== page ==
Deep brain stimulation (DBS) is an effective neurosurgical approach for a variety of neurological and psychiatric disorders including Parkinson's disease, essential tremor, epilepsy, and depression, among others. This research proposal is intended to advance DBS technology by developing a novel intraoperative monitoring approach based on electrochemical monitoring at the brain-electrode interface by use of carbon nanofiber (CNF) based electrode design. This approach utilizes technology developed at the Mayo Clinic, the Wireless Instantaneous Neurotransmitter Concentration Sensor (WINCS), an instrumentation system that combines digital telemetry with fast-scan cyclic voltammetry (FSCV) and amperometry, coupled to CNF based electrode technology developed at National Aeronautic and Space Administration (NASA) called WINCSnanotrode. Under Mayo IRB approved protocol, WINCS safety and feasibility has already been tested successfully in human patients undergoing DBS neurosurgery. Recently, CNF nanoelectrodes have been shown to be an excellent substrate for electrochemical detection demonstrating ultra high sensitivity, high signal to noise ratio, and rapid sampling, while at the same time providing an improved brain-electrode interface for more efficient stimulation, thereby conserving battery life. By virtue of its sub-second, chemically resolved recording, FSCV is recognized as state-of-the-art for measuring neurotransmitters, including dopamine, serotonin, norepinephrine, and adenosine, in laboratory animals. By correlating the release of neurotransmitter and therapeutic stimulation in real time, Mayo Clinic's WINCS coupled to NASA's WINCSnanotrode will provide a powerful new tool to assess the mechanism of DBS, guiding electrode placement, and testing accuracy and efficiency of stimulation. The three Specific Aims are (1) complete WINCS and WINCSnanotrode development to generate a device that is capable of use in humans for electrochemical sensing, (2) establish WINCSnanotrode approach for intraoperative neurochemical monitoring in a large-animal (pig) model of DBS neurosurgery, and (3) establish WINCS and WINCSnanotrode approach for intraoperative neurochemical monitoring in humans during DBS neurosurgery. We believe that WINCS and WINCSnanotrode technology engenders great potential to identify specific targets for DBS, to streamline the already long and difficult implantation procedure, to assess efficiency of stimulation parameter, and to improve the accuracy and efficiency of stimulating electrode.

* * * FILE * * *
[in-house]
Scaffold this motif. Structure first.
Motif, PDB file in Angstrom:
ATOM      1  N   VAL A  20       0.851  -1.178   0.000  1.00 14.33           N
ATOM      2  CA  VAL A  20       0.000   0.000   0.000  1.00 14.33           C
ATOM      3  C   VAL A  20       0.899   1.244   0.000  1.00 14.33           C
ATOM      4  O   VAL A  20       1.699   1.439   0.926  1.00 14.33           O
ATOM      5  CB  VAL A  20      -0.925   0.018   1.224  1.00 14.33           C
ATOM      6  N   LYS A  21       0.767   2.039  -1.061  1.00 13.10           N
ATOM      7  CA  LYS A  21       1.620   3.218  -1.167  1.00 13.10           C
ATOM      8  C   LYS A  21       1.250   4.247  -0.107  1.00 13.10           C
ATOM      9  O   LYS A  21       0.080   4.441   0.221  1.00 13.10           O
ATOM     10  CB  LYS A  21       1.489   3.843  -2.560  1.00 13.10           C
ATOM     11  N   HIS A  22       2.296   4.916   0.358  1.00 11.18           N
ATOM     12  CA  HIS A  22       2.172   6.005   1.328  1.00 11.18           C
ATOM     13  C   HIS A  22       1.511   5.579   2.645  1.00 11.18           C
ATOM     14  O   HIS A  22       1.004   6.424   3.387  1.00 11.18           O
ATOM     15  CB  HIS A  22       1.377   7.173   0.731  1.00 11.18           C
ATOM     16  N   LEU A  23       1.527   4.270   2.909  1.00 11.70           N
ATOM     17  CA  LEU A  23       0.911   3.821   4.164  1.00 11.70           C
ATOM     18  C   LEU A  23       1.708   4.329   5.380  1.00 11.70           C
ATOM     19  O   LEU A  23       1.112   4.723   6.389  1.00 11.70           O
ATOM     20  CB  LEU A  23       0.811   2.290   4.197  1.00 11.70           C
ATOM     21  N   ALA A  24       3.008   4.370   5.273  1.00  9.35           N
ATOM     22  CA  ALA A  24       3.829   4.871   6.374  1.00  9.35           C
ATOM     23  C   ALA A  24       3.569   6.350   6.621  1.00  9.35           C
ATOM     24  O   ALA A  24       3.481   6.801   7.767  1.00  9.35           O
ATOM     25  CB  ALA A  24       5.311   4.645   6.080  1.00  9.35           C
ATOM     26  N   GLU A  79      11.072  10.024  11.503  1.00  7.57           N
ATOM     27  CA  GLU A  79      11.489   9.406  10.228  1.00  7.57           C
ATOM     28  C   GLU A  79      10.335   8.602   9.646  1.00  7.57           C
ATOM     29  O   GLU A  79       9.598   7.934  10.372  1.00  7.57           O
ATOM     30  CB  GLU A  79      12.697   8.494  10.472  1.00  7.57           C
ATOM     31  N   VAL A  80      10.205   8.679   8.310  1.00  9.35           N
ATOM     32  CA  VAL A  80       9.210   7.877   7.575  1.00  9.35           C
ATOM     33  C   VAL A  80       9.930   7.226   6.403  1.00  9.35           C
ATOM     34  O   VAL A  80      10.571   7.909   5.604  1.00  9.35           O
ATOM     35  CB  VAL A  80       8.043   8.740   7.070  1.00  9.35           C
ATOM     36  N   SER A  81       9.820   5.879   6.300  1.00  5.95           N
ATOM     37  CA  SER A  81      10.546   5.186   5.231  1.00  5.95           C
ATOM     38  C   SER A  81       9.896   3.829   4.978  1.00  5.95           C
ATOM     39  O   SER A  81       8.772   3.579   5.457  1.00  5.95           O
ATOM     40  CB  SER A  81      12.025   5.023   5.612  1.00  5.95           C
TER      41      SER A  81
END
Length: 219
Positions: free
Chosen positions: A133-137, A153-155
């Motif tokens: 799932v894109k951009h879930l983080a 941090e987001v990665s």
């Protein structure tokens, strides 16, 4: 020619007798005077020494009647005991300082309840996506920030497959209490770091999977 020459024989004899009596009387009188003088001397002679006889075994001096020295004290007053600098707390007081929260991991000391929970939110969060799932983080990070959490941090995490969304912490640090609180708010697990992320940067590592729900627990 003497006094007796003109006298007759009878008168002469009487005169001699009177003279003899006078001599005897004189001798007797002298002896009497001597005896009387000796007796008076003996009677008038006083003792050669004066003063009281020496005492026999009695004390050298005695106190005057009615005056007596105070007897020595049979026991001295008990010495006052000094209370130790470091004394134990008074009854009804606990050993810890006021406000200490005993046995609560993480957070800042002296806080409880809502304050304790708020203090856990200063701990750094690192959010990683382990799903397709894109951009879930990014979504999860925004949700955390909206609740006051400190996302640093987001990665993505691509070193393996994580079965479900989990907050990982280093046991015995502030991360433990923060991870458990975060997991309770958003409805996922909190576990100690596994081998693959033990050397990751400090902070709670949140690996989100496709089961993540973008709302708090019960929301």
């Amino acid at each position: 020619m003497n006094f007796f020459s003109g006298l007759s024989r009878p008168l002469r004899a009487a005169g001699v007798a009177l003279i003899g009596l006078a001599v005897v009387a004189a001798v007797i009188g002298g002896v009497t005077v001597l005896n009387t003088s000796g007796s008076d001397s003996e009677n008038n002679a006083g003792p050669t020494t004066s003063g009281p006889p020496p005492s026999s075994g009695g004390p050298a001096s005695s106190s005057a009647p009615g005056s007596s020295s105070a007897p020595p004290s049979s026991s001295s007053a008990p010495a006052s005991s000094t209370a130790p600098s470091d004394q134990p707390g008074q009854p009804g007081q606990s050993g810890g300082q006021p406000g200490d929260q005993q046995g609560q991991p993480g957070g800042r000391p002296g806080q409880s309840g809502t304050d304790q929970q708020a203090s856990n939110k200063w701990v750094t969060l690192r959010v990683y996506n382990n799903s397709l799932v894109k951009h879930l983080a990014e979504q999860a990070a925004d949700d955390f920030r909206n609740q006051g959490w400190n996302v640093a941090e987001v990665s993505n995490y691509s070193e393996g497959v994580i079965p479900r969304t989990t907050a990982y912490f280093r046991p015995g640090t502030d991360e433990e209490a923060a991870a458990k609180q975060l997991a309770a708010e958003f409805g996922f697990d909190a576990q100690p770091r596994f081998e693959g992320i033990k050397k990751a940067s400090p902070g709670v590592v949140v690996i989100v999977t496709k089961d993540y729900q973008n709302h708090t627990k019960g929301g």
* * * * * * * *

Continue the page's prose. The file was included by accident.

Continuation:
Deep brain stimulation (DBS) is an effective neurosurgical treatment for Parkinson's disease and other debilitating neuropathologies. The goal of this proposal is to develop a robust carbon nanofiber based electrochemical electrode capable of use in human DBS patients.
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